There are two national surveys that ask questions about family hardships as well as welfare use – the Survey of Income and Program Participation (SIPP) and the National Survey of American Families (NSAF). These surveys ask families questions about whether they “go without” and experience material deprivation. This report uses both the SIPP and the NSAF in its analysis.3 The questions asked in the two surveys are not identical, but the use of both surveys allows us to expand our measures of hardship. Table 1 presents the questions we chose from the two datasets.

Table 1

While the SIPP and NSAF both have their strengths and weaknesses, we believe the nature and structure of the NSAF makes it a better survey from which to study hardships. The SIPP is a panel dataset focused on income, employment, and participation in government programs. The hardship questions are the last set of questions asked in the last month of the panel. As with all panel datasets, attrition is a problem in the SIPP. Since attrition tends to occur among low-income respondents, and these respondents are more likely to experience hardship, the SIPP measures may underestimate the extent of hardship. The NSAF, on the other hand, is a cross-sectional survey of the experiences of families that focuses on a number of hardships and family-stress indicators. The cross-sectional nature of this survey eliminates attrition bias. Additionally, the NSAF survey focuses exclusively on well-being, perhaps prompting respondents to give more thoughtful or detailed answers to hardship questions. Given the NSAF’s advantages in this regard, we focus on those results. The SIPP results are presented in the tables in order to demonstrate the similarity of the results across measures of hardship. (A complete analysis of these issues can be found in Gundersen and Boushey (2001) and Boushey et al. (2001).)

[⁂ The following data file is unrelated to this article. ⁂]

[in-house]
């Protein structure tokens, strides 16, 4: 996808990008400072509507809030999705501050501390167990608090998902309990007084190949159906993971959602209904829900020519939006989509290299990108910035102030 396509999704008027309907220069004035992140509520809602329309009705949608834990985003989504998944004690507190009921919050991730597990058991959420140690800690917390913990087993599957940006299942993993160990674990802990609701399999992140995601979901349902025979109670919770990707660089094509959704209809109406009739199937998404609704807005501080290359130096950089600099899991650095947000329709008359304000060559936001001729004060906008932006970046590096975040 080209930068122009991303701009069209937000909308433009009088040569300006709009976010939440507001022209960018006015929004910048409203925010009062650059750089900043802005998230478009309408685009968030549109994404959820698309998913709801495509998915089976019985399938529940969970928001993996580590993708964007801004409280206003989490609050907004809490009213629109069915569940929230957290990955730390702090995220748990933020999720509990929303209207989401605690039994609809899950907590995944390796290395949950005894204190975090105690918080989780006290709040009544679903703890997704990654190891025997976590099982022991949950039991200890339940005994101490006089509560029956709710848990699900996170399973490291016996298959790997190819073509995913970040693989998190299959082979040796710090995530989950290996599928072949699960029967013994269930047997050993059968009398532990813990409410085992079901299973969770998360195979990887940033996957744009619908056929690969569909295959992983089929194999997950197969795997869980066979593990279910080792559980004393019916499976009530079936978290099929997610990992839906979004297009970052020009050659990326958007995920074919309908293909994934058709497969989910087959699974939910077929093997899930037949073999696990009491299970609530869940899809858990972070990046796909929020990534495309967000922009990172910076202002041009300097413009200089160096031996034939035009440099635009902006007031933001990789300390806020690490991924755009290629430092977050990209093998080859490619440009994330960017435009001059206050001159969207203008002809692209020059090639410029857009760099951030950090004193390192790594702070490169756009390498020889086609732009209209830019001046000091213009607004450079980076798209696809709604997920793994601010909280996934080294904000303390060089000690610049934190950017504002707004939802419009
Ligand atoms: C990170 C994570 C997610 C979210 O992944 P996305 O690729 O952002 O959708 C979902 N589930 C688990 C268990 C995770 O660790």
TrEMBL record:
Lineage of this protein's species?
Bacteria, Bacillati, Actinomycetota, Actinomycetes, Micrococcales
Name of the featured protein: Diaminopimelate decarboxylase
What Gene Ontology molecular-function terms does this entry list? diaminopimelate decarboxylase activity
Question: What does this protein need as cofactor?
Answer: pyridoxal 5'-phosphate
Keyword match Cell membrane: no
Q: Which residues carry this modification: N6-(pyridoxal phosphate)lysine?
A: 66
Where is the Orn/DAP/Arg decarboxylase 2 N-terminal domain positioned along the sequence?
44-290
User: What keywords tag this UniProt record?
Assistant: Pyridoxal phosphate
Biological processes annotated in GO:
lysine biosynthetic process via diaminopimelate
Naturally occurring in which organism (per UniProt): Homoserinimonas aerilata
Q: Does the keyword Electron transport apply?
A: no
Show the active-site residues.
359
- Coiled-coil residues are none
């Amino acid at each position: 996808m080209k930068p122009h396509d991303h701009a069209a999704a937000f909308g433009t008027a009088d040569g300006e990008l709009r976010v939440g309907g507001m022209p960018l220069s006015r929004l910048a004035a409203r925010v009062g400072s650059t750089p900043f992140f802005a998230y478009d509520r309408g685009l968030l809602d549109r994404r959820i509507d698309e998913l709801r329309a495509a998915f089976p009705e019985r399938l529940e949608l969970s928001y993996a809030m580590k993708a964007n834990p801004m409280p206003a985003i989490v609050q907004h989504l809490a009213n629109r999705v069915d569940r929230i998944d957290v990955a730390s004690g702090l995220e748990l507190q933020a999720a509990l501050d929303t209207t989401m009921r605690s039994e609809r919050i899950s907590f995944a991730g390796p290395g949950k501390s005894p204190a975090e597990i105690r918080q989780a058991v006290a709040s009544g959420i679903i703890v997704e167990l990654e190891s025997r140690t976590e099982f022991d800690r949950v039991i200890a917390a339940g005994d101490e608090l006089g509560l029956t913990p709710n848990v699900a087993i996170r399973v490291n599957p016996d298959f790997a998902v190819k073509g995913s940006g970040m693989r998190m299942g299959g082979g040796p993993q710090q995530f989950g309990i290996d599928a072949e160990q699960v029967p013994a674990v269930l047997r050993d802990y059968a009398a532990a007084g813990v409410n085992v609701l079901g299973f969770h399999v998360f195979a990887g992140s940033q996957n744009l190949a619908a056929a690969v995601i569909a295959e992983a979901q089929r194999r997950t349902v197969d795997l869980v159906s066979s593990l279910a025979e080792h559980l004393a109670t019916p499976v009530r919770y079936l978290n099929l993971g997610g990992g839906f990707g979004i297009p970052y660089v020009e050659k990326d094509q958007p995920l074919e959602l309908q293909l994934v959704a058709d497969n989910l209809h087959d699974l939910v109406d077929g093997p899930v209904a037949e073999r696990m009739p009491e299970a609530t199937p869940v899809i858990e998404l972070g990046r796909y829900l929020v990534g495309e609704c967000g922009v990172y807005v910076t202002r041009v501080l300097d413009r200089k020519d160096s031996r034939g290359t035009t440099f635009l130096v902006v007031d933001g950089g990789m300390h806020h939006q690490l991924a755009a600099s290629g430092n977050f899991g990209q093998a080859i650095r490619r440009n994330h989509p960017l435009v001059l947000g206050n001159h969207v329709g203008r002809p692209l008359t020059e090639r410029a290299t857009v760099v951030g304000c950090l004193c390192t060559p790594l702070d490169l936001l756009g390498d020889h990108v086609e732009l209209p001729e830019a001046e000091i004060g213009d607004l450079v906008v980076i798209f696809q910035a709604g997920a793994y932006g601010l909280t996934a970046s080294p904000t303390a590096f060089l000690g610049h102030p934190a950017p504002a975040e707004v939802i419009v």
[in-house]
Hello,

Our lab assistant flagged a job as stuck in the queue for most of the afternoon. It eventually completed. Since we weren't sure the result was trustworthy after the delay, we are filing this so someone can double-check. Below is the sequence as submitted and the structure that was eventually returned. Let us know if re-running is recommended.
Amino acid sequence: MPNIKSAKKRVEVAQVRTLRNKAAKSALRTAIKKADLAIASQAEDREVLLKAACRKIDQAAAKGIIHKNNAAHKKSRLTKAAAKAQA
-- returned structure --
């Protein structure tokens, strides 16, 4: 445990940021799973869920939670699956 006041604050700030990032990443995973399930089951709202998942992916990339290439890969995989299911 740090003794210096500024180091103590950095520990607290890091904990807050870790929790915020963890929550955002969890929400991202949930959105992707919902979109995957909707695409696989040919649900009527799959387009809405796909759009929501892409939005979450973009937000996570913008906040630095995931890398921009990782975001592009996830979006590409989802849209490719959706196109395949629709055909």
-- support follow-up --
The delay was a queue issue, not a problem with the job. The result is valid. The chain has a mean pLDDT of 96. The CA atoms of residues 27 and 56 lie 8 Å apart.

Critical hardships and serious hardships

Food insecurity
To go without sufficient food is the most basic critical hardship. We measure food insufficiency in terms of not having enough to eat or skipping meals sometimes or often. These measures are based on questions that have been tested for validity: families who report food insufficiency have been found to have lower food expenditures and lower intake of calories and nutrients (Rose 1999). A serious food hardship is less severe in that the family may not actually go without food, but it does not have the kind of food it would like or it worries about food intake.

The varia
bles that went into determining a critical food hardship include:

  • whether a respondent missed meals sometimes or often in the last 12 months (from the NSAF).
  • whether a respondent sometimes or often did not have enough food to eat (from the SIPP).